Draghi holds the winning cards

Varoufakis’ proposal to swap outstanding liabilities for growth-related bonds is the only chance taxpayers may get their money back, even if it takes longer than expected. On this issue, Greece might hold the line until the very end, as long as its financial system does not collapse. Draghi holds the key to avoiding that nightmare scenario. He holds the winning cards; it remains to be seen if he decides to play them.

Debt restructuring has become the main battleground in the current tug-of-war between Greece and its European partners. Each side believes it can resist the pressure while forcing the other to come to terms. Underestimating Athens’ resilience might prove to be an error, as a Greek bankruptcy would wildly backfire by hitting vulnerable countries and sapping confidence in the euro. Tsipras may resist the demands asked of him, fully aware that any damage inflicted on the Greek economy would severely hamper recovery in Europe. His only real weakness lies in a banking system unable to endure a crisis unless the ECB staunchly supports it.

Draghi holds the winning cards in this game. He already made it clear that bond buying would require Greece to fulfil its obligations under the rescue package. Central bankers are unlikely to back down as any concession on political grounds severely undermines their credibility. Trust Draghi to stand firm on this issue.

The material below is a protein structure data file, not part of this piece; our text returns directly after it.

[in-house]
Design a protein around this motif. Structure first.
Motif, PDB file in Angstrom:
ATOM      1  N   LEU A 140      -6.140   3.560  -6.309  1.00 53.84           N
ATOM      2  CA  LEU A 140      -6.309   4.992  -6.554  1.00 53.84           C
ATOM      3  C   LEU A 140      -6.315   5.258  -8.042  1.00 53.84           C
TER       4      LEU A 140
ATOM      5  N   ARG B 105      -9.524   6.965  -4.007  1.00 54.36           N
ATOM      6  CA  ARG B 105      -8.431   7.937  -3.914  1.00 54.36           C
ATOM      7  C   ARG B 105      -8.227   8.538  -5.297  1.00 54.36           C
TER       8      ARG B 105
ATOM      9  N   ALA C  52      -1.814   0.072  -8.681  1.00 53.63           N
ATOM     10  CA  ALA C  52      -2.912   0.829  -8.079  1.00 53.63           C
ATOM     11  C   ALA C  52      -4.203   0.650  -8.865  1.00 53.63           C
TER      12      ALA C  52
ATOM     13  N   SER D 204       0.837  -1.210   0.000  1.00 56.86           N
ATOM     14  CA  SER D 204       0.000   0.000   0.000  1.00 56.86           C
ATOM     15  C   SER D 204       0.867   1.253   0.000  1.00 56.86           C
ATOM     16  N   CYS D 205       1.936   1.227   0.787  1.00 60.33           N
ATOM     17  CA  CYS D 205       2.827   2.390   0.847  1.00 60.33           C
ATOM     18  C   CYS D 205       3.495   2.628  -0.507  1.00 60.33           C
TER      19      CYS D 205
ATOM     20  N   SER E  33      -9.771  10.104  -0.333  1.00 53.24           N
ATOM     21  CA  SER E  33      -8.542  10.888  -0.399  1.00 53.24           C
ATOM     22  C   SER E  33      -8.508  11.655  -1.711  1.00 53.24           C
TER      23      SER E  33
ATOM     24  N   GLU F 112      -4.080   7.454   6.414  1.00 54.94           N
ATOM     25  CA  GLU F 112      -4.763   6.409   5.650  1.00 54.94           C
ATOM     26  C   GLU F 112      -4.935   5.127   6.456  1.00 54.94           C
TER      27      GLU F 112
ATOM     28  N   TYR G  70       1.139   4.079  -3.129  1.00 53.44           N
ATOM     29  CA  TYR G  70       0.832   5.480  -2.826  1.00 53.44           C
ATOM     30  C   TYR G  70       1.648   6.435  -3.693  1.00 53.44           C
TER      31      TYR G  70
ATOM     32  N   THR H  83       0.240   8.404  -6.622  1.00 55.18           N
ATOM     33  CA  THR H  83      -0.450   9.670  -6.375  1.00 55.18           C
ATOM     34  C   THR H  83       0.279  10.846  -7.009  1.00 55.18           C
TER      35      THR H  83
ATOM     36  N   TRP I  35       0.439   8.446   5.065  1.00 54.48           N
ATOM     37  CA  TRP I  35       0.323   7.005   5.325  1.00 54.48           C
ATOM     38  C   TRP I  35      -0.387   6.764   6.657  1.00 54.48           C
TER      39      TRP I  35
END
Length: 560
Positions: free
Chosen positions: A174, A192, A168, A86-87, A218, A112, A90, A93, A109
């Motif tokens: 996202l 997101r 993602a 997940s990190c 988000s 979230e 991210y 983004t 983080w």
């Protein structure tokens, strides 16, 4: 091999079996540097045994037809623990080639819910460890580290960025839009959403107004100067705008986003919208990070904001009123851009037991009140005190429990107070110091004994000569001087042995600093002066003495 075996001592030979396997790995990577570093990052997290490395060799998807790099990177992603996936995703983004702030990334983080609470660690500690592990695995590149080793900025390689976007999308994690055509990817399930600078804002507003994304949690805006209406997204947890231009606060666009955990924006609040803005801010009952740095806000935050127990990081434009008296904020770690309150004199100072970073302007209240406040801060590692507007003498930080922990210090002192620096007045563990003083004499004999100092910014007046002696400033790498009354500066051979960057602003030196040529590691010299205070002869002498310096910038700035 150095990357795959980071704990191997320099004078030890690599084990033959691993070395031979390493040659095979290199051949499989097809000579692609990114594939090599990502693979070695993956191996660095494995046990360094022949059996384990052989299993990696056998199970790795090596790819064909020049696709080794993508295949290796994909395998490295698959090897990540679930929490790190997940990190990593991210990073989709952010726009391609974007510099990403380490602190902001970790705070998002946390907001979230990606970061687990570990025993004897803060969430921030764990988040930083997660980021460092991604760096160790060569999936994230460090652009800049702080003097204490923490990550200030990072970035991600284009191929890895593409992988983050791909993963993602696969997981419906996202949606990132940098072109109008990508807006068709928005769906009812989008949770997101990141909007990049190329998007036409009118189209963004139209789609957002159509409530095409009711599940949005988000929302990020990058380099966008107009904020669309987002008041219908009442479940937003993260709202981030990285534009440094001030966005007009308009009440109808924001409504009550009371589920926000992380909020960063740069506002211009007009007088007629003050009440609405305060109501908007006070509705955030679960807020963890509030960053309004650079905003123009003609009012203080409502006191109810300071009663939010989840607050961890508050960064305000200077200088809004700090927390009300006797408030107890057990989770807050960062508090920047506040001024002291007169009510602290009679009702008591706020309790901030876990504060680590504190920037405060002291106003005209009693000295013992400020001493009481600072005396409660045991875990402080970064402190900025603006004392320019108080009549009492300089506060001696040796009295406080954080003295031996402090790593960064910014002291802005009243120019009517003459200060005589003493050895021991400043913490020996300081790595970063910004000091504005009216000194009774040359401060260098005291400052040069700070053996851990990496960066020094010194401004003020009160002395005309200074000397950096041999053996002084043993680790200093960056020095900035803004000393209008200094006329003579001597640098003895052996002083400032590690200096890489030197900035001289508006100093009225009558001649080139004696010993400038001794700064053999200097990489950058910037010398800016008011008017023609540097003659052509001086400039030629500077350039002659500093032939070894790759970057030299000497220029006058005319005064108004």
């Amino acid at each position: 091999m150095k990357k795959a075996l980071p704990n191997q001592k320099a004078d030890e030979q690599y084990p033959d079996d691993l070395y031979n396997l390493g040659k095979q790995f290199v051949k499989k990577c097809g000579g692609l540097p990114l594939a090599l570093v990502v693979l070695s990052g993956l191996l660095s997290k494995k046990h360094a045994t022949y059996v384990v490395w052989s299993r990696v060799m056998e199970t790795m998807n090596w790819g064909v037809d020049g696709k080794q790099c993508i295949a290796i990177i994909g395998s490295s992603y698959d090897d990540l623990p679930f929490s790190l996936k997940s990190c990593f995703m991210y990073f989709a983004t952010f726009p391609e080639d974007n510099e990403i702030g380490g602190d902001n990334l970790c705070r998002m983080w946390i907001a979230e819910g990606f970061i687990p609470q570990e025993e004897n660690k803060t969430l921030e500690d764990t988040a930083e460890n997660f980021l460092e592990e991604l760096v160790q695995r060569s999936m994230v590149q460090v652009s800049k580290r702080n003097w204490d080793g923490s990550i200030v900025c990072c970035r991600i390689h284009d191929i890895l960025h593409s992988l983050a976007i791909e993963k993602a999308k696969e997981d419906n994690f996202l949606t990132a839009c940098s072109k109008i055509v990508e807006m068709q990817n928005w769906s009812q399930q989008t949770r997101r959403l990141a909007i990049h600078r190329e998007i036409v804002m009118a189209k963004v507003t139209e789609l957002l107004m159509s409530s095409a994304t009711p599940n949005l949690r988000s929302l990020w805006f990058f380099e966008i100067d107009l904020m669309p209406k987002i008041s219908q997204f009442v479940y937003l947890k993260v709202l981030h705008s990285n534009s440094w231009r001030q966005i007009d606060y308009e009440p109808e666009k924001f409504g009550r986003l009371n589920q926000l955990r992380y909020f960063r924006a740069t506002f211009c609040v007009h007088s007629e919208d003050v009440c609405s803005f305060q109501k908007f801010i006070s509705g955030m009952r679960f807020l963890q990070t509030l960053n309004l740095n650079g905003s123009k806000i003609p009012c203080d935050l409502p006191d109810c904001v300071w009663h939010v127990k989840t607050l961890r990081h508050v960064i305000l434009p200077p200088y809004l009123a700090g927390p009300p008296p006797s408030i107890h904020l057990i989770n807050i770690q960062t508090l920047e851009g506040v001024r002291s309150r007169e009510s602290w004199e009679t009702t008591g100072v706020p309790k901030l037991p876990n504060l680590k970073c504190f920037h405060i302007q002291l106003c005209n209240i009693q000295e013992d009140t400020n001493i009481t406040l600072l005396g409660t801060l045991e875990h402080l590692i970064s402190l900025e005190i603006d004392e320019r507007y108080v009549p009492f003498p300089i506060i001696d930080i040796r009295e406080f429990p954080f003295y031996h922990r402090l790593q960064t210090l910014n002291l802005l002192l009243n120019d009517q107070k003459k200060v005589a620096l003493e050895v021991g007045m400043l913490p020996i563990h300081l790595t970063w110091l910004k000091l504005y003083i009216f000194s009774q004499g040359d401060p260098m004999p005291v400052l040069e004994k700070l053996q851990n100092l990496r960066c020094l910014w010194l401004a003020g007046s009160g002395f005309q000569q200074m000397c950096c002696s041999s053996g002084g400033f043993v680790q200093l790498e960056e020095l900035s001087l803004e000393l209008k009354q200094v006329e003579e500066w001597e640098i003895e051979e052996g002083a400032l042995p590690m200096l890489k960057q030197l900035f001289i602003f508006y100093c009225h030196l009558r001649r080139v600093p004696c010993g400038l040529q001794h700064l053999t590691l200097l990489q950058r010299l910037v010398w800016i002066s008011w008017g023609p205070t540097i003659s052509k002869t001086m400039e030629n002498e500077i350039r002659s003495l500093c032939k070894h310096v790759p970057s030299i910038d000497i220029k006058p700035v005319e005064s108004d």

The risk that a fully fledged crisis may unfold might prevent Draghi from taking a thoroughly hawkish stance. Should the Greek financial system implode, he knows that the shock waves would hit neighbouring countries. He cannot ruin a euro zone member while preserving the security of the area as a whole, irrespective of how well the continent can ring-fence itself against the Greek problem.

Contagion seems inevitable. Up to now, he has remained silent but, soon, journalists will press him on the course of ECB action. Even if he skilfully skips questions on future potential scenarios, he has no other option than to admit that full adherence to the rescue package will be the key condition for any support. As the current talks drag on, the risk of financial disarray will force Tsipras to compromise. He can manage pending debt and Greek financial needs for months to come. Yet, he cannot resist a liquidity crisis rapidly turning his country’s economy into shambles.

About the Author

JP Marin Arrese
Juan Pedro Marín Arrese is a Madrid-based economic analyst and observer. He regularly publishes articles in the Spanish leading financial newspaper 'Expansión'.

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